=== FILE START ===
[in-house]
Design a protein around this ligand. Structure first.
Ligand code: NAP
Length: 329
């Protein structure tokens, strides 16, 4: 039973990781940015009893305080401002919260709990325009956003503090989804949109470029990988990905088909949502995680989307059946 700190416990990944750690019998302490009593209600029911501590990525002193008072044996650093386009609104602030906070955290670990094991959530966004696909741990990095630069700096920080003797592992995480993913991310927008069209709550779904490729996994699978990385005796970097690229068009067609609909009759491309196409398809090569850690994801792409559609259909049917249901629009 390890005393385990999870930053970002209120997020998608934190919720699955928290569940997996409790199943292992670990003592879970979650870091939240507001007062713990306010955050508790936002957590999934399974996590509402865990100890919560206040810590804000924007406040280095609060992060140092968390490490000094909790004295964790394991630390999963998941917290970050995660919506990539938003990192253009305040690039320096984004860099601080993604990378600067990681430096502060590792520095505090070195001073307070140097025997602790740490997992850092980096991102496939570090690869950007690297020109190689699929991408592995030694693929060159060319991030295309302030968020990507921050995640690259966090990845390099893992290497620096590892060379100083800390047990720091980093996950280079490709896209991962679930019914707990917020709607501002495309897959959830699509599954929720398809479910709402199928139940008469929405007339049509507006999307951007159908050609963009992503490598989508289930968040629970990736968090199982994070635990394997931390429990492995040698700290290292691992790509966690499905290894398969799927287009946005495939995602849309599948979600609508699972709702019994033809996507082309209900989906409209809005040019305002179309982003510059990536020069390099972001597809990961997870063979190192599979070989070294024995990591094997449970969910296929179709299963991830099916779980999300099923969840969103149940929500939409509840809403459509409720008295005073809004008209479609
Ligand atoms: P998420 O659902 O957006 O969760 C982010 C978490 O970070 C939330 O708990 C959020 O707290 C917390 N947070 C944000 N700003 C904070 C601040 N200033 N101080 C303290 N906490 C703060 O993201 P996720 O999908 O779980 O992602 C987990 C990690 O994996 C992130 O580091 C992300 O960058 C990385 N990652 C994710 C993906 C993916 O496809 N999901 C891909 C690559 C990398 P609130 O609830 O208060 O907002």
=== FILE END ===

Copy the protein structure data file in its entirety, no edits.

[in-house]
Design a protein around this ligand. Structure first.
Ligand code: NAP
Length: 329
């Protein structure tokens, strides 16, 4: 039973990781940015009893305080401002919260709990325009956003503090989804949109470029990988990905088909949502995680989307059946 700190416990990944750690019998302490009593209600029911501590990525002193008072044996650093386009609104602030906070955290670990094991959530966004696909741990990095630069700096920080003797592992995480993913991310927008069209709550779904490729996994699978990385005796970097690229068009067609609909009759491309196409398809090569850690994801792409559609259909049917249901629009 390890005393385990999870930053970002209120997020998608934190919720699955928290569940997996409790199943292992670990003592879970979650870091939240507001007062713990306010955050508790936002957590999934399974996590509402865990100890919560206040810590804000924007406040280095609060992060140092968390490490000094909790004295964790394991630390999963998941917290970050995660919506990539938003990192253009305040690039320096984004860099601080993604990378600067990681430096502060590792520095505090070195001073307070140097025997602790740490997992850092980096991102496939570090690869950007690297020109190689699929991408592995030694693929060159060319991030295309302030968020990507921050995640690259966090990845390099893992290497620096590892060379100083800390047990720091980093996950280079490709896209991962679930019914707990917020709607501002495309897959959830699509599954929720398809479910709402199928139940008469929405007339049509507006999307951007159908050609963009992503490598989508289930968040629970990736968090199982994070635990394997931390429990492995040698700290290292691992790509966690499905290894398969799927287009946005495939995602849309599948979600609508699972709702019994033809996507082309209900989906409209809005040019305002179309982003510059990536020069390099972001597809990961997870063979190192599979070989070294024995990591094997449970969910296929179709299963991830099916779980999300099923969840969103149940929500939409509840809403459509409720008295005073809004008209479609
Ligand atoms: P998420 O659902 O957006 O969760 C982010 C978490 O970070 C939330 O708990 C959020 O707290 C917390 N947070 C944000 N700003 C904070 C601040 N200033 N101080 C303290 N906490 C703060 O993201 P996720 O999908 O779980 O992602 C987990 C990690 O994996 C992130 O580091 C992300 O960058 C990385 N990652 C994710 C993906 C993916 O496809 N999901 C891909 C690559 C990398 P609130 O609830 O208060 O907002």